Our Mission Instill Virtue Acquire Wisdom Learn Diplomacy Develop Courage Inspire Greatness Move the Cause of Liberty Three Models of Education Five Pillar Methodology Environments of Learning Welcome Message The Culture

Student Experiences

"I have to say that George Wythe helped me immensely in my preparation for law school."
-Kyle Nuttal, J.D.
See more alumni »

Learn Diplomacy

Diplomacy is the art of effectively managing one’s relations with others.

As students learn to read and speak the language of the classics, they learn to listen and see from perspectives other than their own. With challenging colloquia that follow their readings, they learn humility and respect for others while gaining the ability to share and apply their ideas in a way that is considerate, relevant and consequently, more persuasive.

Mentors teach the power of relationships, patience, persistence and effective communication by guiding their students, challenging them and inspiring them to question prevailing assumptions reasonably, tactfully, and effectively.

Simulations are an especially potent tool for developing diplomacy. They are designed so that students are assigned roles that result in personal agendas with high emotional attachment that often conflict with the goals and agendas of others. For students to achieve their goals, group cooperation is required. Add to this the emotional stress that accompanies crises and deadlines, and simulations provide an excellent environment for students to learn from both their mistakes and each other while applying the principles of diplomacy.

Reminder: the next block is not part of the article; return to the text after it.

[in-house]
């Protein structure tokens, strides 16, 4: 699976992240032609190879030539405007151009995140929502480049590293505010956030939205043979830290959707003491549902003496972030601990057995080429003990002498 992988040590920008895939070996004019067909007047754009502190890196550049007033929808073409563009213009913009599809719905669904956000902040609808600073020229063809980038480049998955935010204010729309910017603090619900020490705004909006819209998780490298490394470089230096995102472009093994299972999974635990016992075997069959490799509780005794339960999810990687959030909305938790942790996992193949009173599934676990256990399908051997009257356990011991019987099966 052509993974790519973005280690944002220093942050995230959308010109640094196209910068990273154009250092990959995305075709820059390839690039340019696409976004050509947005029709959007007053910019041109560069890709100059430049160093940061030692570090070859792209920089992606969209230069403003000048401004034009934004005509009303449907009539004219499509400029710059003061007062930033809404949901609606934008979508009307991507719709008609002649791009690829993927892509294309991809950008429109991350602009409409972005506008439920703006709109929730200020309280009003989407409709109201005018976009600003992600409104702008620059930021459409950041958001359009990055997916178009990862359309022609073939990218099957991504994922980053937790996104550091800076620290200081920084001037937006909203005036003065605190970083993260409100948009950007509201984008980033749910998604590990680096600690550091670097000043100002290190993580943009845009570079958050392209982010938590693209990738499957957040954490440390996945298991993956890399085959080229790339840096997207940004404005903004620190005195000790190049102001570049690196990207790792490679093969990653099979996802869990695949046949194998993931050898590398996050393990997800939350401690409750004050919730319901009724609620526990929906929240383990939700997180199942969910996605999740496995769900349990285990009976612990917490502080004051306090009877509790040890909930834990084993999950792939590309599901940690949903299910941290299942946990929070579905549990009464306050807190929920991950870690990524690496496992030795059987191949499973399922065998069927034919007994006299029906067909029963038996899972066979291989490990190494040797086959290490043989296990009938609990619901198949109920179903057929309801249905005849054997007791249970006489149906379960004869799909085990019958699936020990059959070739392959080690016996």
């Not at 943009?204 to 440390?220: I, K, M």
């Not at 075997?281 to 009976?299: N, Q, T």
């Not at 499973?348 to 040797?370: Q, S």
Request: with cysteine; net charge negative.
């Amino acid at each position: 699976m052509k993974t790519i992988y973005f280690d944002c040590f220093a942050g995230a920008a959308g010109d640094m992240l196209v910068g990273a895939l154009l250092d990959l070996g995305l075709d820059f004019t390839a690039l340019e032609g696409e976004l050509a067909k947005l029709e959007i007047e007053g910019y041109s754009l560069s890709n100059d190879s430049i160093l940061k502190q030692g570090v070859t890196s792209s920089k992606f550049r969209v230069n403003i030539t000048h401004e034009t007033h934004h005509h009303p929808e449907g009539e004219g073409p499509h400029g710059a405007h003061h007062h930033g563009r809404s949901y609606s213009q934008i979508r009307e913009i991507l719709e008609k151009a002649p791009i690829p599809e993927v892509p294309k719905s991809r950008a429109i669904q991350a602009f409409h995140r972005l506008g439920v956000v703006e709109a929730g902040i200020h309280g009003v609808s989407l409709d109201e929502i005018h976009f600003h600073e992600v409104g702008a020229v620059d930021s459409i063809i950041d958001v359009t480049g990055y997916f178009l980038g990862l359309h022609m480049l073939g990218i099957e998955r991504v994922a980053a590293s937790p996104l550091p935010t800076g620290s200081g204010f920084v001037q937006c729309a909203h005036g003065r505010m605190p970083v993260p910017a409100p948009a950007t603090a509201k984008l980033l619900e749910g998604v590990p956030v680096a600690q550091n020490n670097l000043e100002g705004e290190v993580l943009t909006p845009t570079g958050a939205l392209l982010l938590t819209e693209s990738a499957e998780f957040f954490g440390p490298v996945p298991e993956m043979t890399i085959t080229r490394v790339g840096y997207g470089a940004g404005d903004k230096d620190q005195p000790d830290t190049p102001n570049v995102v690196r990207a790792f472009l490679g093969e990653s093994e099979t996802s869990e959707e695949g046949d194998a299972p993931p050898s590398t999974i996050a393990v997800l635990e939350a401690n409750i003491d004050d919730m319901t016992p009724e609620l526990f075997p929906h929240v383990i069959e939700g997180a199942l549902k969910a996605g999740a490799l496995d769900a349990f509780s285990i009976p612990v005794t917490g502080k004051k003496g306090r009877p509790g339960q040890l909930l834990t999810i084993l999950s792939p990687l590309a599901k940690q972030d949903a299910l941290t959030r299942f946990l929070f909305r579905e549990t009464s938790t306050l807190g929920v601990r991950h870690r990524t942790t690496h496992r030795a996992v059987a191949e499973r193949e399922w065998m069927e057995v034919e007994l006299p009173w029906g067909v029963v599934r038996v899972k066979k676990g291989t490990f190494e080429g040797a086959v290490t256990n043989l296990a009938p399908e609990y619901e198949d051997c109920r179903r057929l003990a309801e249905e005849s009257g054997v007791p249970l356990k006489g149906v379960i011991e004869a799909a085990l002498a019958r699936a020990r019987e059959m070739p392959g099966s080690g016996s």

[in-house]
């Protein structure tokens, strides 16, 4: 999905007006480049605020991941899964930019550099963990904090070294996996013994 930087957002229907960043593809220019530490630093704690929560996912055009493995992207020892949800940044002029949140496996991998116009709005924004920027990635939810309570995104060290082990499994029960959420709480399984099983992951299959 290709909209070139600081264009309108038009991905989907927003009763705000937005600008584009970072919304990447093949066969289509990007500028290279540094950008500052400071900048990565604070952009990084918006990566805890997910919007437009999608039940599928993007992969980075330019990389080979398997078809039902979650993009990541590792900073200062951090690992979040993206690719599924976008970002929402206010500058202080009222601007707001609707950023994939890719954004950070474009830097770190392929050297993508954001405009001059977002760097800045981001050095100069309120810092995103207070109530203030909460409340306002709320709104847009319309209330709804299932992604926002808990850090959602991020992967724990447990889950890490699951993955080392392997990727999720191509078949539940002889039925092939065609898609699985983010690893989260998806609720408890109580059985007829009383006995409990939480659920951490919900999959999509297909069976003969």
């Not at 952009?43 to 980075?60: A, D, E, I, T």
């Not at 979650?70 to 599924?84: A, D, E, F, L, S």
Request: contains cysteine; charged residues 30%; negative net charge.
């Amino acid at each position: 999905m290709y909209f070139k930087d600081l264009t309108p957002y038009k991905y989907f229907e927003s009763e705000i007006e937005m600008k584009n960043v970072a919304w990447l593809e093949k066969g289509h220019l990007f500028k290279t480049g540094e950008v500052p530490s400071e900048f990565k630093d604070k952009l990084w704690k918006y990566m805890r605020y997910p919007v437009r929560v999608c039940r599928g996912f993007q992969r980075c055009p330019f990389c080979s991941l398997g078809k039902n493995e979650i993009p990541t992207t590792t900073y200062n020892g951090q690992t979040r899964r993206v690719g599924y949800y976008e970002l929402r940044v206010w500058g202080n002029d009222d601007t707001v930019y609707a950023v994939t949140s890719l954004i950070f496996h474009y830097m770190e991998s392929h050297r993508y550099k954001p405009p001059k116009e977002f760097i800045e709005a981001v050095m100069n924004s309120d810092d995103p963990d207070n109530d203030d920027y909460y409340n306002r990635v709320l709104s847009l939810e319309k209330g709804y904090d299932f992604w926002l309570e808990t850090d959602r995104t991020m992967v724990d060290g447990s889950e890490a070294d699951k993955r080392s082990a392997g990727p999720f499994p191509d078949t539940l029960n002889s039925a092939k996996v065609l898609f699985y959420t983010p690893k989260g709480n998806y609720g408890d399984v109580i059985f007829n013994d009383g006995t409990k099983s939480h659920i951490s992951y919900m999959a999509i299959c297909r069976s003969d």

After this come field experiences, which immerse students in higher stakes situations needing real-world diplomacy, and are a unique opportunity to analyze the effectiveness of their dealings with others.

Finally, one must hold a personal conviction of the supremacy of Natural Law--that humanity shares a common birthright of inalienable rights--and that each of us can only accomplish our life's missions through our relationships with others. This invokes within the individual the kind of diplomacy essential to statesmanship.

Develop Courage



"I don't know what your destiny will be, but one thing I know; the only ones among you who will really be happy are those who have sought and found how to serve." 

       —Albert Schweitzer


Ask a Question

Have more questions?

Ask them here

Copyright © 2002-2018 George Wythe University

Newsroom     |     Newsletter Archive     |     Ways to Give     |     Contact Us